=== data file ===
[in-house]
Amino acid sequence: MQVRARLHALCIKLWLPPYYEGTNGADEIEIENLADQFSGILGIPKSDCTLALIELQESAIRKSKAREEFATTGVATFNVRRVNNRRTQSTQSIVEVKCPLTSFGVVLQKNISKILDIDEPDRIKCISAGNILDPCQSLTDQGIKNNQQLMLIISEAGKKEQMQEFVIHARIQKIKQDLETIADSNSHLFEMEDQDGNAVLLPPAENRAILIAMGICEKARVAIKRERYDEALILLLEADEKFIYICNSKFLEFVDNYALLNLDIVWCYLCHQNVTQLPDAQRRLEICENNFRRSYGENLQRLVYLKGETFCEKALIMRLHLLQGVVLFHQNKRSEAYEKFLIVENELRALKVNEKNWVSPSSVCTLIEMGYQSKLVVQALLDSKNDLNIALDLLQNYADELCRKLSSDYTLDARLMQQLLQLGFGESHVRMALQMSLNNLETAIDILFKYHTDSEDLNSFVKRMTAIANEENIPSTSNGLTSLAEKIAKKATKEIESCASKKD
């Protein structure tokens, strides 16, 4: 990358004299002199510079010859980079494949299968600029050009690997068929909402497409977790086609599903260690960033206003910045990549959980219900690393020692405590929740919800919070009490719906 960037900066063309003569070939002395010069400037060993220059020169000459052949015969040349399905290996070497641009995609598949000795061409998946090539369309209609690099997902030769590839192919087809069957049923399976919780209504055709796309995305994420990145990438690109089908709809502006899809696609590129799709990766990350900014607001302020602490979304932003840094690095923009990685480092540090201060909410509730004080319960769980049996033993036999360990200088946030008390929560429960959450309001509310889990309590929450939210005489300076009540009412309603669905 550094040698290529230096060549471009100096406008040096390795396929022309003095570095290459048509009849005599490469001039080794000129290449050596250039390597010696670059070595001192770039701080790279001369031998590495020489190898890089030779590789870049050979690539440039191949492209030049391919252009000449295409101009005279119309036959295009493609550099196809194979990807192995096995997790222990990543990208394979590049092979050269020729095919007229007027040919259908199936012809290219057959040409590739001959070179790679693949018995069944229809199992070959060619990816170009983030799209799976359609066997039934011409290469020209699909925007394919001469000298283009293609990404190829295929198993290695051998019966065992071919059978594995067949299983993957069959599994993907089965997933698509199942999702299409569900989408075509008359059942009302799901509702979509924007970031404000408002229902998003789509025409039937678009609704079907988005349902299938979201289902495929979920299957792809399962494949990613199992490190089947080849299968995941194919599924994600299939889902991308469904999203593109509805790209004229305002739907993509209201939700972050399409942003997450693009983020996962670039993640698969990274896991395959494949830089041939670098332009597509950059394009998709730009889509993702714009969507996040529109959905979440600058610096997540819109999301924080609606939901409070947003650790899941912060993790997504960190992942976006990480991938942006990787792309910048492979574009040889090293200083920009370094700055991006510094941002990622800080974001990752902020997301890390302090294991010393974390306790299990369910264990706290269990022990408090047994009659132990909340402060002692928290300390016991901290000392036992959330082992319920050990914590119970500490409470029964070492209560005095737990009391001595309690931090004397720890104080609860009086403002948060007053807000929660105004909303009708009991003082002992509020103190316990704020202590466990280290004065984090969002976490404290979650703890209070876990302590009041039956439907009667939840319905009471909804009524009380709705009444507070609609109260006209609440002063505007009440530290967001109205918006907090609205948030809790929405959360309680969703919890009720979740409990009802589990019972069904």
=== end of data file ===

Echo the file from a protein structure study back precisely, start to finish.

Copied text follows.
[in-house]
Amino acid sequence: MQVRARLHALCIKLWLPPYYEGTNGADEIEIENLADQFSGILGIPKSDCTLALIELQESAIRKSKAREEFATTGVATFNVRRVNNRRTQSTQSIVEVKCPLTSFGVVLQKNISKILDIDEPDRIKCISAGNILDPCQSLTDQGIKNNQQLMLIISEAGKKEQMQEFVIHARIQKIKQDLETIADSNSHLFEMEDQDGNAVLLPPAENRAILIAMGICEKARVAIKRERYDEALILLLEADEKFIYICNSKFLEFVDNYALLNLDIVWCYLCHQNVTQLPDAQRRLEICENNFRRSYGENLQRLVYLKGETFCEKALIMRLHLLQGVVLFHQNKRSEAYEKFLIVENELRALKVNEKNWVSPSSVCTLIEMGYQSKLVVQALLDSKNDLNIALDLLQNYADELCRKLSSDYTLDARLMQQLLQLGFGESHVRMALQMSLNNLETAIDILFKYHTDSEDLNSFVKRMTAIANEENIPSTSNGLTSLAEKIAKKATKEIESCASKKD
């Protein structure tokens, strides 16, 4: 990358004299002199510079010859980079494949299968600029050009690997068929909402497409977790086609599903260690960033206003910045990549959980219900690393020692405590929740919800919070009490719906 960037900066063309003569070939002395010069400037060993220059020169000459052949015969040349399905290996070497641009995609598949000795061409998946090539369309209609690099997902030769590839192919087809069957049923399976919780209504055709796309995305994420990145990438690109089908709809502006899809696609590129799709990766990350900014607001302020602490979304932003840094690095923009990685480092540090201060909410509730004080319960769980049996033993036999360990200088946030008390929560429960959450309001509310889990309590929450939210005489300076009540009412309603669905 550094040698290529230096060549471009100096406008040096390795396929022309003095570095290459048509009849005599490469001039080794000129290449050596250039390597010696670059070595001192770039701080790279001369031998590495020489190898890089030779590789870049050979690539440039191949492209030049391919252009000449295409101009005279119309036959295009493609550099196809194979990807192995096995997790222990990543990208394979590049092979050269020729095919007229007027040919259908199936012809290219057959040409590739001959070179790679693949018995069944229809199992070959060619990816170009983030799209799976359609066997039934011409290469020209699909925007394919001469000298283009293609990404190829295929198993290695051998019966065992071919059978594995067949299983993957069959599994993907089965997933698509199942999702299409569900989408075509008359059942009302799901509702979509924007970031404000408002229902998003789509025409039937678009609704079907988005349902299938979201289902495929979920299957792809399962494949990613199992490190089947080849299968995941194919599924994600299939889902991308469904999203593109509805790209004229305002739907993509209201939700972050399409942003997450693009983020996962670039993640698969990274896991395959494949830089041939670098332009597509950059394009998709730009889509993702714009969507996040529109959905979440600058610096997540819109999301924080609606939901409070947003650790899941912060993790997504960190992942976006990480991938942006990787792309910048492979574009040889090293200083920009370094700055991006510094941002990622800080974001990752902020997301890390302090294991010393974390306790299990369910264990706290269990022990408090047994009659132990909340402060002692928290300390016991901290000392036992959330082992319920050990914590119970500490409470029964070492209560005095737990009391001595309690931090004397720890104080609860009086403002948060007053807000929660105004909303009708009991003082002992509020103190316990704020202590466990280290004065984090969002976490404290979650703890209070876990302590009041039956439907009667939840319905009471909804009524009380709705009444507070609609109260006209609440002063505007009440530290967001109205918006907090609205948030809790929405959360309680969703919890009720979740409990009802589990019972069904």